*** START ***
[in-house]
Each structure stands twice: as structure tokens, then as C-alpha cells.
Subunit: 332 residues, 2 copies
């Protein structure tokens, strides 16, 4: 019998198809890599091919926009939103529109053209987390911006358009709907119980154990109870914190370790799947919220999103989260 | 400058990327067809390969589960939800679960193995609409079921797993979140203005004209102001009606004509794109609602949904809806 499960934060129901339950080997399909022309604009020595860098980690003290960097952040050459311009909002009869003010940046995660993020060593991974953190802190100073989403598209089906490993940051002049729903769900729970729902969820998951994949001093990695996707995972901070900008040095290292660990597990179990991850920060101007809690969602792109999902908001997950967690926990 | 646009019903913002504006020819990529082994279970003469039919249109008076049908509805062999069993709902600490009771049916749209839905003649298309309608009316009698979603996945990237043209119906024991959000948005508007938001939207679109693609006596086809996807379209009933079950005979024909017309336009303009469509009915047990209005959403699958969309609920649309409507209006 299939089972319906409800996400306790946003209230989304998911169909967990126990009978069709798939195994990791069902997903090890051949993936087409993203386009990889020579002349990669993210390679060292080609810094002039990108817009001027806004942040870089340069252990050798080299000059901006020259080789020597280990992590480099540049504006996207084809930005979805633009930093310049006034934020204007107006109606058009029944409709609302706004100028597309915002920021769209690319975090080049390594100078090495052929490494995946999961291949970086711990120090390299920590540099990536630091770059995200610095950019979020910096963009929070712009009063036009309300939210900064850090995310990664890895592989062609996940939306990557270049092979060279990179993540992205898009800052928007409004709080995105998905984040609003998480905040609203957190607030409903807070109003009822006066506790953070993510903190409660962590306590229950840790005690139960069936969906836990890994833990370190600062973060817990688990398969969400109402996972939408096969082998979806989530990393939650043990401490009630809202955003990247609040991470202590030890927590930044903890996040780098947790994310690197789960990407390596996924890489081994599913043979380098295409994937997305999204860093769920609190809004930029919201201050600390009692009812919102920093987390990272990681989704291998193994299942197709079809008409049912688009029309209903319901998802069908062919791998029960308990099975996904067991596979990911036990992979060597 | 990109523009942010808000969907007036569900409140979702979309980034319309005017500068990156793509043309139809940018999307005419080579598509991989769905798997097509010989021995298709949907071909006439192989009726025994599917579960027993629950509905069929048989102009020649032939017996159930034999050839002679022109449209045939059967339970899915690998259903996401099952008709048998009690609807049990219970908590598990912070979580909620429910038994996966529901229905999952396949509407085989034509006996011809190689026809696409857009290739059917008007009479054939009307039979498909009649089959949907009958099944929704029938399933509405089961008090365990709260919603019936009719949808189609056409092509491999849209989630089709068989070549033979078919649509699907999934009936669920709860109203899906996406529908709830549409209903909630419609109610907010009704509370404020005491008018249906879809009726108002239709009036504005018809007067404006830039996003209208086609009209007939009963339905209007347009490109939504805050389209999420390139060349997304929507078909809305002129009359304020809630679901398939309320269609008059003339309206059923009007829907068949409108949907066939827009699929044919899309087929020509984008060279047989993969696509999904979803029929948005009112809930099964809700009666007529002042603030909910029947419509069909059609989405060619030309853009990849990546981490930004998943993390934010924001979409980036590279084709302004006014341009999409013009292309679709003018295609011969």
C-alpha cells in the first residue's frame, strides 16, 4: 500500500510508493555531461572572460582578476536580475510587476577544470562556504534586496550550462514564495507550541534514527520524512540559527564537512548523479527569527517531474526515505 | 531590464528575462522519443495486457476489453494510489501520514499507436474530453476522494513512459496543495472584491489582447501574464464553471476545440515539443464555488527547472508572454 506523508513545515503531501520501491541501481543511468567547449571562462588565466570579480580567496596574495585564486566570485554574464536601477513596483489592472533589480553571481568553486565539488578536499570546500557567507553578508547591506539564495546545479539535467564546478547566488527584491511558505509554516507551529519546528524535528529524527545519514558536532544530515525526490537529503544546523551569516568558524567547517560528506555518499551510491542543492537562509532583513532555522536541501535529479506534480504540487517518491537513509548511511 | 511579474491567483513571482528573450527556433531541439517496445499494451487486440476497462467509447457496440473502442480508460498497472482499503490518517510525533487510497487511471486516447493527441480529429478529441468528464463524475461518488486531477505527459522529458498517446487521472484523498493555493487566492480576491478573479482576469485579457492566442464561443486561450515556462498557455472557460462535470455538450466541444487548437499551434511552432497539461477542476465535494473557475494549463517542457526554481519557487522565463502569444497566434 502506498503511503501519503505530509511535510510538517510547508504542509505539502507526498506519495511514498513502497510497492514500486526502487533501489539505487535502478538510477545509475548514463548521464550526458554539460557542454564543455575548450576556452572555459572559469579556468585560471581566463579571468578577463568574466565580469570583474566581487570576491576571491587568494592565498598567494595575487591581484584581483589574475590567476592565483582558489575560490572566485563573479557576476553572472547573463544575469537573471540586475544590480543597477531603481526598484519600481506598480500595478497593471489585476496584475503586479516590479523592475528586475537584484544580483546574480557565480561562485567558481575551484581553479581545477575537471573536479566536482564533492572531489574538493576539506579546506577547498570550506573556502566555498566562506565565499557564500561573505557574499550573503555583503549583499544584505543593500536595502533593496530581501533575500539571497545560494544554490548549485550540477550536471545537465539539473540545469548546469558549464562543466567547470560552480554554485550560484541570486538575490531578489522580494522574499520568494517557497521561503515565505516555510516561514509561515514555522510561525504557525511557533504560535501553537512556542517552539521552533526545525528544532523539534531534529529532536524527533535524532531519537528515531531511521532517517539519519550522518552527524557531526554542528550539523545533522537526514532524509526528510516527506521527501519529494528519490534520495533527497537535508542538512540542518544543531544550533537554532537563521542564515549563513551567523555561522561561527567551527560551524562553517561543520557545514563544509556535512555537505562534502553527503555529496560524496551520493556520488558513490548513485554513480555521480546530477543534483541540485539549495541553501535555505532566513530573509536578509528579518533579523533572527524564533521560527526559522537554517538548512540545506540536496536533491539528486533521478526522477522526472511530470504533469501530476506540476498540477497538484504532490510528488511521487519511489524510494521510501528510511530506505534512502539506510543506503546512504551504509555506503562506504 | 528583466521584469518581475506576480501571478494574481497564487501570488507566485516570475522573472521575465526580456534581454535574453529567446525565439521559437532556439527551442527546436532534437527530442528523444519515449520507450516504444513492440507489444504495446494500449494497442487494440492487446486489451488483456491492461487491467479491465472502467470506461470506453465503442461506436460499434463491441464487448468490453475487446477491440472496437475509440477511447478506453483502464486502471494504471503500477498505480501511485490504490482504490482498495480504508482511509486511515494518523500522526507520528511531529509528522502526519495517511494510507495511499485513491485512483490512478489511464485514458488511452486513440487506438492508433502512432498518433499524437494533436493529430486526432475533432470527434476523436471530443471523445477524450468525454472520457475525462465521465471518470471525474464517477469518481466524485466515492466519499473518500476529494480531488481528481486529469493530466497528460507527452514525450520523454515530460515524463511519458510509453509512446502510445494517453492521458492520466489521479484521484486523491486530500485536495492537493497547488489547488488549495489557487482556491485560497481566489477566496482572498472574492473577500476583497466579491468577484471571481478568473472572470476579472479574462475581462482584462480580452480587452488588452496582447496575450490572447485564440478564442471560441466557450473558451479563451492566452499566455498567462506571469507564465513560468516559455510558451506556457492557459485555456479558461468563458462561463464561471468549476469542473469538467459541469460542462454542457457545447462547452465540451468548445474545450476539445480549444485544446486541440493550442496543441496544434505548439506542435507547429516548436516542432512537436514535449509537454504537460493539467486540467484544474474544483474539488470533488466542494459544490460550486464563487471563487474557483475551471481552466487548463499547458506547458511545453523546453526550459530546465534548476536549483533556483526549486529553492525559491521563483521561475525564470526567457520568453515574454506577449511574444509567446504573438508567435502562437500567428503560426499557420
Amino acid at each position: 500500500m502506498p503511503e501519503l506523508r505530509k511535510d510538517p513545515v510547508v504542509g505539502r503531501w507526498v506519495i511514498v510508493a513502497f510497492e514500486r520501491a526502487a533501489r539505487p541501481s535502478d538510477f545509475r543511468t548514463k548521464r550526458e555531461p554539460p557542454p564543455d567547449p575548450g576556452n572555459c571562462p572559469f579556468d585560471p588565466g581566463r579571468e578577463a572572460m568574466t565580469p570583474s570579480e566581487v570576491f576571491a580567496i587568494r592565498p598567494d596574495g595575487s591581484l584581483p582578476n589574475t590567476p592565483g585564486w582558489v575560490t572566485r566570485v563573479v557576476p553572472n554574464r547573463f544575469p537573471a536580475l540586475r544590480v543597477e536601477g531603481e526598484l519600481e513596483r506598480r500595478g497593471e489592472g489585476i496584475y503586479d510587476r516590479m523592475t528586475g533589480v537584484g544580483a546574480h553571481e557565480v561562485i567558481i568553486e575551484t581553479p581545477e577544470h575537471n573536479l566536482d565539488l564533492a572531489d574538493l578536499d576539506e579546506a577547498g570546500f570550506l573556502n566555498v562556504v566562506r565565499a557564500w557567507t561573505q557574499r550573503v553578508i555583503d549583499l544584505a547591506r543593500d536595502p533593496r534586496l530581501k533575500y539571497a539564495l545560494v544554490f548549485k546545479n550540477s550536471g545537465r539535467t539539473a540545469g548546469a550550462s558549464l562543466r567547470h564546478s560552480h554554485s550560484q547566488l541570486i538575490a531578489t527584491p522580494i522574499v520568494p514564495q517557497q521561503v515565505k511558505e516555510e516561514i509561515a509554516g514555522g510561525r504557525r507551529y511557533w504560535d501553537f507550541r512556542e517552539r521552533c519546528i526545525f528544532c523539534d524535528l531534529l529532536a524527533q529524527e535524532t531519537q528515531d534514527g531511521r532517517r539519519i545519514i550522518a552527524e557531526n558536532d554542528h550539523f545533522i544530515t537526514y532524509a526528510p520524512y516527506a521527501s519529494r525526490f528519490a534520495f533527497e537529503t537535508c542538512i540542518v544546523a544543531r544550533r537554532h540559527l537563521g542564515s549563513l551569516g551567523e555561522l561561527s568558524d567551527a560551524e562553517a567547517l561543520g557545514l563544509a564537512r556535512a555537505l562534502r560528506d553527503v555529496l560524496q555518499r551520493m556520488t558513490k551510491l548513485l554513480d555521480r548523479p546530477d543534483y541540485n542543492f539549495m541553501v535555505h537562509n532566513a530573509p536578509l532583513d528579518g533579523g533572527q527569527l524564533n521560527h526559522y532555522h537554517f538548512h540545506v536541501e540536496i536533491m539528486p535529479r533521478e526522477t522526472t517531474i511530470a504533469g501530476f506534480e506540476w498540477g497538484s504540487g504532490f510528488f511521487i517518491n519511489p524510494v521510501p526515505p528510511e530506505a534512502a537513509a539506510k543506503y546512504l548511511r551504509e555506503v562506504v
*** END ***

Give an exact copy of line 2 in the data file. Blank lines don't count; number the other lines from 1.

Each structure stands twice: as structure tokens, then as C-alpha cells.